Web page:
Sunday, May 23, 2010

Train Reading

Train Reading
I used much of the time to/from on the train (Amtrak Cascades) to study The Long Emergency by James Howard Kunstler. The author uses the well-worn calculus of nation-states, unabashedly saying "we" for the Americans he considers his compatriots.

He expects a steady increase of entropy in human affairs, as oil reserves are depleted. It's the end of the world as we know it. Our chauffeur to the train used the word "anomie" for such identity-disrupting changes, a word I later found in the book.

Although Kunstler mentions "Spaceship Earth" in passing, he's not seeing desovereignization via Grunch as a potentially hopeful sign. He intends his "we" to remain rather exclusively North American, projecting the potential for "political psychosis" on Chinese, even while admitting North America's sprawling commuter-based suburban lifestyles are kooky and squanderous. Europeans are relatively sane by his yardstick, their commitment to agriculture and urban growth boundaries still well defined.

Kunstler is pessimisstic about the global grid getting any nuclear juice from Persia, given high levels of paranoia all around. WWIII will not begin with an attack on these power plants in his estimation, but only because it is already well under way. In this sense, his lingo somewhat dovetails with that of the world gamers, who see WWIII beginning with the so-called Cold War (cite Critical Path).

Also on tap: The Corporation, a DVD borrowed from Laughing Horse for Tara's benefit, and screened in a rural setting on an HDTV (at a private party).

At this same venue, I launched into my little rap on the Mite and the T-module, using Mag-Blocks and Ball of Whacks. This mirrored my posts to Math Forum, where I question the censorious attitude of comtemporaries. My audience included one math savvy computer science person, steeped in Java, Ruby and Visual Basic (not Python). She works in trucking, a sector I'm also starting to tune in, a primary consumer of fossil fuels.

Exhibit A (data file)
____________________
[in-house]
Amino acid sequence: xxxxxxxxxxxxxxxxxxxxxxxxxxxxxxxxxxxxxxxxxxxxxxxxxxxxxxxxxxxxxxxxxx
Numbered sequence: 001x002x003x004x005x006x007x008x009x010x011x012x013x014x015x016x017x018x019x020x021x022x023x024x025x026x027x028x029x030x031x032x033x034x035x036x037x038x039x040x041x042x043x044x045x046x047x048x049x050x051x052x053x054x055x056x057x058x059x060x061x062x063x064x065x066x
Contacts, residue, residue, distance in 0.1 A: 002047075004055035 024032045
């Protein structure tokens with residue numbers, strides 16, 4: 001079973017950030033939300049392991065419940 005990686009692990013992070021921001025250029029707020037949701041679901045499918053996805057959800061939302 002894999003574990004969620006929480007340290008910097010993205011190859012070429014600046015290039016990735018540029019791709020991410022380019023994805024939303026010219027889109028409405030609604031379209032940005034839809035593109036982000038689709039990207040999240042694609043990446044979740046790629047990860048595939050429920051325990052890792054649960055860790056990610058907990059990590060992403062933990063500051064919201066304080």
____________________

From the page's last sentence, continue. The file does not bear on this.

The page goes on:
We didn't screen the whole of The Corporation as the arguments against corporate personhood are already well known in this neck of the woods.

We took Amtrak's Cascades to/from. The conductors over the PA were entertaining.

Going north, we had a Russian guy, thanking us for supporting this one international train in the region. He suggested we keep our seating area clean and tidy, lest we be judged rude and crude by our fellow North Americans across the border.

Going south, our conductor suggested we refrain from smoking lest we be offloaded and transported to a secret prison in Eastern Europe, "extraordinary rendition" in action (he used those words). So the CIA does operate domestically after all (surprise surprise).

Also on my reading list: Sum: Forty Tales from the Afterlives by David Eagleman, a series of reveries encouraging self reflection.

The notion that communities might experiment with different lifestyles, versus kowtowing to one centrally dictated standard, is important to the idea of religious freedom.

Islamic forms need campus facilities, places to test themselves in relative security, just as do other religious forms, including Mormons in Texas.

This notion that lifestyles must be exterminated by force versus allowed to pursue a diverse set of options, goes against the idea of experimental prototype communities of tomorrow (some of which may be Taliban).

World Game's focus on artifacts aims to lower barriers to entry for those wishing to create viable small (or large) scale communities. Perhaps a blend of traditional ways and aerospace tech will assist in the terraforming.